And one thing should be made perfectly clear, if it wasn’t already: it’s not as if Buchys can’t catch the ball. Allow his head coach to explain.

“He can catch it, we just didn’t use him to catch it a lot,” Neshaminy head coach Steve Wilmot said. “He had a touchdown this season against North Penn and a couple of two-point conversions.

“Bobby was invaluable as a blocker for us, despite being not the bulkiest guy and a little undersized. We could always count on him, game in and game out. He was an unsung hero for us. Without Bobby, Chris James doesn’t rush for 1,000 yards; without Bobby, we can’t establish the kind of running game we did. He just did a phenomenal job blocking for us.”

For his part, even if he is a little biased, Wilmot believes Buchys can step on the field and immediately help Franklin & Marshall as a freshman.

“When you talk to him, he’s a quiet and humble kid,” Wilmot said. “The type of kid that is always doing the right thing, even when nobody is watching. He’s not going to win any awards for inspirational speeches, but he’s a leader on the field and in the school, and what he does speaks a lot louder than what comes out of his mouth, which is a good thing.

“What I’ll miss about coaching Bobby is that he’s the type of kid I never had to worry about because I always knew that whatever he was supposed to be doing, he was doing it the right way. As a player, I would only have to tell him how to do something once; he would process it, try it, and then he just got it to the point where it became automatic. I never had to tell Bobby Buchys the same thing twice, because he always got it right the first time.”

Being a tremendous run blocker on the football field, while valuable, is not enough to gain one admission to a school with an academic reputation as strong as Franklin & Marshall’s. That’s no problem for Buchys, who boasts a GPA above 4.0. He plans on being a pre-medicine major, with his ultimate sights set on attending medical school after Franklin & Marshall.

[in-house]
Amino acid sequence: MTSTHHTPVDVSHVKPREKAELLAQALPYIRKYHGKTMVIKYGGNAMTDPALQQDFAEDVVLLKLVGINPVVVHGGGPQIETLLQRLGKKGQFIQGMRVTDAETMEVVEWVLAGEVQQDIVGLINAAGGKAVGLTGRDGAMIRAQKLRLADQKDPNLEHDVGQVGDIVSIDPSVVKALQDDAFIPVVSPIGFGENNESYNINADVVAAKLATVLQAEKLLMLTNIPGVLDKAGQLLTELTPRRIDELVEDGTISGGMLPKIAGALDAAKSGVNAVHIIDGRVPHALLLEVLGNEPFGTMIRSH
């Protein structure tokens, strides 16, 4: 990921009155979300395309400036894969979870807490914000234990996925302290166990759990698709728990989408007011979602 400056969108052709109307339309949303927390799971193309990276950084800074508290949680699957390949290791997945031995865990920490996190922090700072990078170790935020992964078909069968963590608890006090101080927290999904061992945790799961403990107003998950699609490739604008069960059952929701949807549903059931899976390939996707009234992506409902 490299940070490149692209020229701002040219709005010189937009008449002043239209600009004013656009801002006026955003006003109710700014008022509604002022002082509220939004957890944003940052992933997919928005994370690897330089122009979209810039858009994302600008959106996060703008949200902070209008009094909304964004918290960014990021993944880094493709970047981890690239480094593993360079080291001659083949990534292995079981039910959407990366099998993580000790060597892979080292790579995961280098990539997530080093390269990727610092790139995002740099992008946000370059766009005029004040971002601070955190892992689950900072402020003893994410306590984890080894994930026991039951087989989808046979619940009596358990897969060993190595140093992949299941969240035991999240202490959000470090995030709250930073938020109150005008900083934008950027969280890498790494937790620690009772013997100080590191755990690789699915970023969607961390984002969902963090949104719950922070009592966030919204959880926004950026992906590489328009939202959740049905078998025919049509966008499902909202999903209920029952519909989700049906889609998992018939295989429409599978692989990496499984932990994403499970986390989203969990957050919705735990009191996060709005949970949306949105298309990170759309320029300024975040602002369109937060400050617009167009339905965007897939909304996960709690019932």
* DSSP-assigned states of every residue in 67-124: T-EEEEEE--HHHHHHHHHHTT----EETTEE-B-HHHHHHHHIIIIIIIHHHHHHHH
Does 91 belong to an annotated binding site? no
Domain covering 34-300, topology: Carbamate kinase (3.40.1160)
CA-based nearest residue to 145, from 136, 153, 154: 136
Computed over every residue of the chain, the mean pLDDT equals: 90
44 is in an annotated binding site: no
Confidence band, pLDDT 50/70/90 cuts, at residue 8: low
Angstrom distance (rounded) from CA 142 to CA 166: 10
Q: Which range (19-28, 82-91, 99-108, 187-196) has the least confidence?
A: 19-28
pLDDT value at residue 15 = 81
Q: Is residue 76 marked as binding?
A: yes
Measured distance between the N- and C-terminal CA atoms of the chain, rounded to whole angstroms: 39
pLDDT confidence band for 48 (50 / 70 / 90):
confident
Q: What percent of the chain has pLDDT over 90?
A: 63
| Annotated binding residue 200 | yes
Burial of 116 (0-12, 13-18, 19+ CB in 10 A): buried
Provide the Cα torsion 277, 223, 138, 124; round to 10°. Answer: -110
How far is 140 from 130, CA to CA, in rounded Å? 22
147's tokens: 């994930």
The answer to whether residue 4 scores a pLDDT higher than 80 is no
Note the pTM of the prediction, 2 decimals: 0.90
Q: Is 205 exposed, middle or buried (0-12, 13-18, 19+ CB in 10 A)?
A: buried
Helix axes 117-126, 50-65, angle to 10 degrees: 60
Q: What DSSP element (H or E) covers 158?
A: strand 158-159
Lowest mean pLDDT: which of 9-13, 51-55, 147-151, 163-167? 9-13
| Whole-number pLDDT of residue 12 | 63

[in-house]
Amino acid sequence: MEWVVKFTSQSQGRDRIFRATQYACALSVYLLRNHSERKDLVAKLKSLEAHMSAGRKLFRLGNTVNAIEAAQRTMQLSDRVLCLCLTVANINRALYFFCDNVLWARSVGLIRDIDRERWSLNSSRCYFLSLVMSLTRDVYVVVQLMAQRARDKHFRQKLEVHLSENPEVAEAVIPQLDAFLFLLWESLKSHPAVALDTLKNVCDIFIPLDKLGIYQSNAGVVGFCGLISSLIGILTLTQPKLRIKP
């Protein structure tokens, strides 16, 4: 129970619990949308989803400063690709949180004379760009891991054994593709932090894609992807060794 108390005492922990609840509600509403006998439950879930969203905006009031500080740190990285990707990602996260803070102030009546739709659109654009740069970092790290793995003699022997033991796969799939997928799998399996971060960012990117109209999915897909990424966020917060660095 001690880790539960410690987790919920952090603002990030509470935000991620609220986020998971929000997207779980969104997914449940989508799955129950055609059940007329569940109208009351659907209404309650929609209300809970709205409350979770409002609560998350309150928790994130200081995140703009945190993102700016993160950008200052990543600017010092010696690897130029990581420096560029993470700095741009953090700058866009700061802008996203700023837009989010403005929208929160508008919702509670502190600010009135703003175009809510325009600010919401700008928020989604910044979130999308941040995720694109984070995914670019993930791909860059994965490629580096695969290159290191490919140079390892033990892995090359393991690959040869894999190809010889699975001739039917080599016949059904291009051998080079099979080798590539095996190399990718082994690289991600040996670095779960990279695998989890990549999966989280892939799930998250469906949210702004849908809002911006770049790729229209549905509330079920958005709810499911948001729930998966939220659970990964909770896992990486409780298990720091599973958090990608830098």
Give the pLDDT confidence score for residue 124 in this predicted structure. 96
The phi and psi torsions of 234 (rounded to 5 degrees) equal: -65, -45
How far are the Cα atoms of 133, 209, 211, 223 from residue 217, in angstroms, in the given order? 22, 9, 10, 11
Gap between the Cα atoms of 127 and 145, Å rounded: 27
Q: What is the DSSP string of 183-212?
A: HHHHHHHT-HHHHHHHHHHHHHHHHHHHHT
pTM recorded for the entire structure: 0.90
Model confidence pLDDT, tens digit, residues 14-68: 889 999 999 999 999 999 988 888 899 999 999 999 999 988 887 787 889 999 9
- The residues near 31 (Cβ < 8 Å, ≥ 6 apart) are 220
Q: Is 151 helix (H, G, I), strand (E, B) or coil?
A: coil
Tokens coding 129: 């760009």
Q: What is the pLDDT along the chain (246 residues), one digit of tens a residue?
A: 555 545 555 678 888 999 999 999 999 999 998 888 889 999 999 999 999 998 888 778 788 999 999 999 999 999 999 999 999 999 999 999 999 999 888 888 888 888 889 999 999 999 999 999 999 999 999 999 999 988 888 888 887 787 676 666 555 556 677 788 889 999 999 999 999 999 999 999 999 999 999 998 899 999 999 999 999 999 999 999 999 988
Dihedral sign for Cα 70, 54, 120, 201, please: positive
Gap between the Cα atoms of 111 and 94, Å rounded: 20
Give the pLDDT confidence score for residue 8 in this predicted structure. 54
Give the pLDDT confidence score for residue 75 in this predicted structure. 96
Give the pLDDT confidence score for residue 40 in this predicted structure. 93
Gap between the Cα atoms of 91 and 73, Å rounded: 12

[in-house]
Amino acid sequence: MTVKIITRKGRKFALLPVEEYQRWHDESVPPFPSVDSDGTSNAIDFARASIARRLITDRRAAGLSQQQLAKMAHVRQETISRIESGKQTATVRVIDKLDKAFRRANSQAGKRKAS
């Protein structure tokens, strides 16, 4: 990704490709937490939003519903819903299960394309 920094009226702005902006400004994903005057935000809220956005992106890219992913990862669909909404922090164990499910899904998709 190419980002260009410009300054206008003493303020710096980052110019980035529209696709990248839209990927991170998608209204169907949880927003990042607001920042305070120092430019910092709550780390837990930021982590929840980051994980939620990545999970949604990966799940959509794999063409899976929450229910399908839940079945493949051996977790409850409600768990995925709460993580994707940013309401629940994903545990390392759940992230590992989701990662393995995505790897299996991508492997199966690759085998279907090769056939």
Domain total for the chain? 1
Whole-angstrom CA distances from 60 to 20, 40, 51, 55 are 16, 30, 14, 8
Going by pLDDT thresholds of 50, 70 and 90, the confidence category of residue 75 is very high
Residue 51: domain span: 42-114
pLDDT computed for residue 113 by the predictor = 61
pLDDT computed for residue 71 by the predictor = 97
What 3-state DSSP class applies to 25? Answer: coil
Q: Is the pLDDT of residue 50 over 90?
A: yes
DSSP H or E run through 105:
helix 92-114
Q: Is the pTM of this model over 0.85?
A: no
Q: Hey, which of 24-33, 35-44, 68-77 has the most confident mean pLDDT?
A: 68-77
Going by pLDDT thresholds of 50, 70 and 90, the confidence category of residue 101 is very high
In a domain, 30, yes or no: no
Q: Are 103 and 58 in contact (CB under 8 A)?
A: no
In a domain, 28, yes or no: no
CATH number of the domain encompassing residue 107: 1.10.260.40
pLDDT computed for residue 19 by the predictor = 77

It should be no surprise to hear that Buchys - whose primary function on the Neshaminy football team was to help make the team’s explosive offensive players’ jobs easier - is interested in becoming a doctor because he loves to help people.

“Being able to help others and finding fulfillment in going to work every day, that’s the ultimate goal,” Buchys said. “I want to go to work and be able to help someone in need. My parents are both real hard workers and kind of instilled that in me, and my sisters are both in college and pursuing the medical track as well. It’s going to be a lot of hard work, but it will be worthwhile to turn my dreams into reality.” 

Buchys’ altruism extends beyond just his desired career choice. In addition to his football responsibilities, Buchys is also a class officer at Neshaminy, meaning he has his hand in virtually all key school events, from proms to food drives to class trips to an event called the Healing Hearts Foundation Run.

“I enjoy the sense of fulfillment that helping others brings me,” he said. “It gives me a warm feeling in my heart to be able to plan something fun and put a smile on someone else’s face.”

During the winter, Buchys loves to go on ski trips with his family to the Poconos, even going as far as calling skiing his favorite pastime. When the weather warms up as it’s starting to do now, Buchys trades the slopes for the beach. He’s also involved outside of school with the Bucks County Challenger Program, which teaches football to children with disabilities, usually over the weekend.

“Seeing the smiles on those kids’ faces, there’s no better feeling,” he said.

All of this added up to one heck of a student-athlete high school experience for Buchys. He may not have been the most talented player on the Neshaminy roster, but his presence was absolutely vital to his team’s success. He may not be the flashiest player, but he didn’t need to be when he performed his job at such a reliable rate.

Getting an education and continuing to play football at a school like Franklin & Marshall has Buchys excited for the next chapter, but at the same time, he understands he never would have reached this point if not for the growth and personal development he experienced at Neshaminy the last four years.

“Through all of my activities, I’ve gotten to connect with almost everyone at school,” he said. “I think back a lot to the connections and friendships I’ve made, ones that I wouldn’t have made otherwise. Through football, I created bonds for life. When I think back to my strongest relationships and friendships, I’ll always think back to Neshaminy.

“To be honest, I can’t say I’ll miss any of it, just because I want to appreciate the tradition and the mark I was able to leave behind on this community. Neshaminy has some of the best people in the area, and every single one of them means the world to me. When I come back, I know I’ll be welcomed back with open arms, because we’re all bonded by something so strong. There really is no place like Neshaminy.”